Novoselsky Seeks Permanent Plaque Honoring Revere Jewish Community Center Founders

Ira Novoselsky spent a lot of his childhood playing sports and attending events at the old Revere Jewish Community Center (JCC) located at 65 Nahant Avenue. There were also Hebrew School classes at the facility.

The building holds a special place in the Novoselsky family’s heart and that of many other Jewish and non-Jewish families who enjoyed activities there.

 Novoselsky, the Ward 2 city councillor, is seeking to establish a permanent remembrance of the building that now houses a CAPIC Head Start program. Novoselsky wants to place a plaque at the building honoring the founders, charter members, and builders of the JCC.

The Revere JCC opened in 1953. It became the Chelsea-Revere JCC following a merger before its final name change to the Metro North JCC. Its demise came because of Revere’s declining population of Jewish residents.

Temple B’Nai Israel, the last of three synagogues in the city, closed its door last week.

Novoselsky said he was inspired to install a plaque after CAPIC Executive Director Bob Repucci attended the funeral of Mrs. Florence Novoselsky (Ira’s mother) last year and learned about the history of the JCC building.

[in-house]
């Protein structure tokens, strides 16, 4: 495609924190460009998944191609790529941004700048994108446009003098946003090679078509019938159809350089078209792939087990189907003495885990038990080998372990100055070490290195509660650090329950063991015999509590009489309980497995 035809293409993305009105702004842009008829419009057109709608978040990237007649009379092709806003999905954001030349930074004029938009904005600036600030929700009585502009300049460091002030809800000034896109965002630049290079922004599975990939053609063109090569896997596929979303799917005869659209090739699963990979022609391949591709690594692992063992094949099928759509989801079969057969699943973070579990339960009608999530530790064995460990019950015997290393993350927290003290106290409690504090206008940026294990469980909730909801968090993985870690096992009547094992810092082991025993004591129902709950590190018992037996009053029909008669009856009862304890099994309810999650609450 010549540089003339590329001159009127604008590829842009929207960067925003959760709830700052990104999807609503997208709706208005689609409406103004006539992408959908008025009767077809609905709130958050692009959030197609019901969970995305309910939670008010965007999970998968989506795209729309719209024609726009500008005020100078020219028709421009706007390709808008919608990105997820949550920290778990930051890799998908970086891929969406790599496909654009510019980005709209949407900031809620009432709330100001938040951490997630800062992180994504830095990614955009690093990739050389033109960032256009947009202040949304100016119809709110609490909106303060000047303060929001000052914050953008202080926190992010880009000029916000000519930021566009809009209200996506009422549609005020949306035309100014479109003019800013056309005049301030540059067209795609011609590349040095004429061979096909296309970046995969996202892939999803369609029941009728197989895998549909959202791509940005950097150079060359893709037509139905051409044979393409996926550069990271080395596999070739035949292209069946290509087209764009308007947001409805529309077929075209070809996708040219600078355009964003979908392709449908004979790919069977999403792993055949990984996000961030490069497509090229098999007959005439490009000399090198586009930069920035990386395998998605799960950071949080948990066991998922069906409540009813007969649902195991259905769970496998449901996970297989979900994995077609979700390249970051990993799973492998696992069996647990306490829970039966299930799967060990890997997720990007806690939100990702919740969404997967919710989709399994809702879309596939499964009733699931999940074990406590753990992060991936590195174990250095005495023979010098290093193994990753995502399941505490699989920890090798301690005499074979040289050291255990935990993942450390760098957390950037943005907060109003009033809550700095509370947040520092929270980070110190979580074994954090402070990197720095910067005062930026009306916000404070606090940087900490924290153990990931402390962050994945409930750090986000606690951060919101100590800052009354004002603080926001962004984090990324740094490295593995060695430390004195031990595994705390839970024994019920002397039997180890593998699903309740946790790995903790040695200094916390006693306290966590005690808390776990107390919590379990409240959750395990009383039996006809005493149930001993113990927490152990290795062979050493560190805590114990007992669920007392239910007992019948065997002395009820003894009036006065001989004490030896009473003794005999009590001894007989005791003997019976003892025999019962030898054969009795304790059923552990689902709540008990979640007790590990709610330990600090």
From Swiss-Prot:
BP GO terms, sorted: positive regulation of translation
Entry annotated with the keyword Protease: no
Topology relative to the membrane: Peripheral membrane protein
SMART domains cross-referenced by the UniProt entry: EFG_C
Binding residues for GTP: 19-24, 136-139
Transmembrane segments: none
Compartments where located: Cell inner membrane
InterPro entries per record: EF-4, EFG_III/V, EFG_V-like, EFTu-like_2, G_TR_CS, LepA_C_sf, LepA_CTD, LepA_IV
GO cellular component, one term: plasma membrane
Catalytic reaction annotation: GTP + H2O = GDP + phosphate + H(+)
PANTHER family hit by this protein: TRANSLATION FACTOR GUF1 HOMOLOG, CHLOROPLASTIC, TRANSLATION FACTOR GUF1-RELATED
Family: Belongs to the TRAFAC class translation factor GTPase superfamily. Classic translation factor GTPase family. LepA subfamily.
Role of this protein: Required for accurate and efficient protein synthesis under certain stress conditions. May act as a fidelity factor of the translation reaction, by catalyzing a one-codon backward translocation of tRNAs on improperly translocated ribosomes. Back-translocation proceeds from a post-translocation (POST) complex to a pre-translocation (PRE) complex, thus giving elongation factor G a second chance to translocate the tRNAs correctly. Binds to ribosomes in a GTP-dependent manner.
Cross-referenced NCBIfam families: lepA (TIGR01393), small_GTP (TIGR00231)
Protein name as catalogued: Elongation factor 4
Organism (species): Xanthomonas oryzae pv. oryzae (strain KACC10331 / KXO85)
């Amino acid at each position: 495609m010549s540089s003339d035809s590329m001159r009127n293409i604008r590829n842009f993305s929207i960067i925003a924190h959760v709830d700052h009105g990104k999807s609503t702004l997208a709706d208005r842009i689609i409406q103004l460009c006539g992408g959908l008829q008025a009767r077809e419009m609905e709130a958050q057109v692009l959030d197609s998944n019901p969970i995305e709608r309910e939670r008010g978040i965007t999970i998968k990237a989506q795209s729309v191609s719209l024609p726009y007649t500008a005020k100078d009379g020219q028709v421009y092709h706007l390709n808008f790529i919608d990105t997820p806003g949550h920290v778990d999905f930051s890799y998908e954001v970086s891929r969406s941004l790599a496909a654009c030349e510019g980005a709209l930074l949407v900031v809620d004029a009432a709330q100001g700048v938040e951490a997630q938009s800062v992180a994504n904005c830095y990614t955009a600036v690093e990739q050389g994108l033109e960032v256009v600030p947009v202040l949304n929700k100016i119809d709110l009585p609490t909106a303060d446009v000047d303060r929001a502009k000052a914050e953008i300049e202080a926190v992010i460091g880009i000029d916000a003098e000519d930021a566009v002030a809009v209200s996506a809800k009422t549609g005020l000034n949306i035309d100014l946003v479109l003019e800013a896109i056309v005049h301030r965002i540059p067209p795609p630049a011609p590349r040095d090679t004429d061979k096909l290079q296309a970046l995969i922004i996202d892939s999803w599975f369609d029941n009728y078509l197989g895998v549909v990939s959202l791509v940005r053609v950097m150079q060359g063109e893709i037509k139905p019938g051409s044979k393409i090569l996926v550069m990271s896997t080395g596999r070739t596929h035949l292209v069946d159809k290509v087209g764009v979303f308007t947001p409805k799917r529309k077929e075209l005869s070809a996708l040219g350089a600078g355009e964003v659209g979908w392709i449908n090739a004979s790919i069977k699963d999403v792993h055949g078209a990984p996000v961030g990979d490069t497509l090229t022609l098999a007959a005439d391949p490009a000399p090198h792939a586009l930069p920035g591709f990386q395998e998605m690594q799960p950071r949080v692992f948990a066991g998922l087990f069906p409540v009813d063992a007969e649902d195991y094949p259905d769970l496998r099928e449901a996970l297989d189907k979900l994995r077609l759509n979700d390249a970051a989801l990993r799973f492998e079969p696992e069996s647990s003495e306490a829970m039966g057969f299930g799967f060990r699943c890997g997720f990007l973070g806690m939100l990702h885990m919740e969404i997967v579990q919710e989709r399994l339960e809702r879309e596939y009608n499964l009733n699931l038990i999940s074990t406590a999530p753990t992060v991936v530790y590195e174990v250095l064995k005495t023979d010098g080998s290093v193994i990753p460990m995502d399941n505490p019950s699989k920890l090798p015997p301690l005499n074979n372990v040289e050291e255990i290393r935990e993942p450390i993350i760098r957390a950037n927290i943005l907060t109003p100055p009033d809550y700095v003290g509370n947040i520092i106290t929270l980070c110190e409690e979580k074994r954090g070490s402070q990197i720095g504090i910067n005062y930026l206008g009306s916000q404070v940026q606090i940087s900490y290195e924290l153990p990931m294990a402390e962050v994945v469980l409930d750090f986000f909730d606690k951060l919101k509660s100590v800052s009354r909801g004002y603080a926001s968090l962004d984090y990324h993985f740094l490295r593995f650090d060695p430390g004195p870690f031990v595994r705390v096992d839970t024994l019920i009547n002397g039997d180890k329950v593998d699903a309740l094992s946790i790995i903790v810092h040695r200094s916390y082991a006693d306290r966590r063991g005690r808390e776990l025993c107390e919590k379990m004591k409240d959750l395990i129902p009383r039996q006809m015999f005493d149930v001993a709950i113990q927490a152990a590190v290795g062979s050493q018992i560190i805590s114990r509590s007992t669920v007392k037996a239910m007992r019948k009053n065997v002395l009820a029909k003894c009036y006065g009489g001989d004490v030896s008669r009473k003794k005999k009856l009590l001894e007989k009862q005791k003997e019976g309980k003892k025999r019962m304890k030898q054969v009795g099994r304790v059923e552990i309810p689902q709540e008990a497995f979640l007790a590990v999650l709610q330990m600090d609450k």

“Bob said he hadn’t known the exact history of the building,” related Novoselsky. “So Bob inspired me to undertake this project.”

Ira’s parents, the late Sam and Florence Novoselsky, were charter members. The late Mel Schwartz and Marion Schwartz, Dr. Harry Schwartz and Beatrice (Bregman) Schwartz were also charter members.

Novoselsky has begun an extensive research project seeking to locate the other charter members who helped launch the center 66 years ago. Novoselsky has made trips to the Revere Public Library where he has looked at decades-old copies of the Revere Journal.

“I’ve started the list of names – I’d say there were more than 40 Revere residents at that time who helped start the JCC.” said Novoselsky. “We don’t want to miss anyone. I hope anyone with any information about the founding of the center will contact me.

“When we feel comfortable that we have all the names of the charter members, a plaque will be installed in or on the building remembering their hard work,” said Novoselsky.

The JCC always had a rich athletic history. Paul “Choc” Glazer, one of Chelsea’s greatest athletes, served as executive director after the Chelsea YMHA closed and it merged with the Revere JCC. Joe Merullo was a long-time JCC athletic director. Archie Mellace, Bob Nardone, and Bill Waxman were revered coaches there.

The Revere JCC teams would travel to communities far and wide to play other JCC teams in basketball. Three of Revere High’s biggest stars of the mid-1970’s – Scott Mandell, Randy Shuman, and Danny Schneiderman – formed the starting RHS frontcourt after perfecting their skills at the Revere JCC. Shuman is a well-known attorney with a law practice in Revere.

Novoselsky also remembers playing JCC basketball  both in pickup games and for established teams.

“It was a wonderful spot to gather, participate in activities such as basketball, table tennis, and billiards, and socialize with friends and neighbors,” said Novoselsky. “Those were great days and we look forward to honoring those families who were so instrumental in helping the JCC becoming the great community center it became.”

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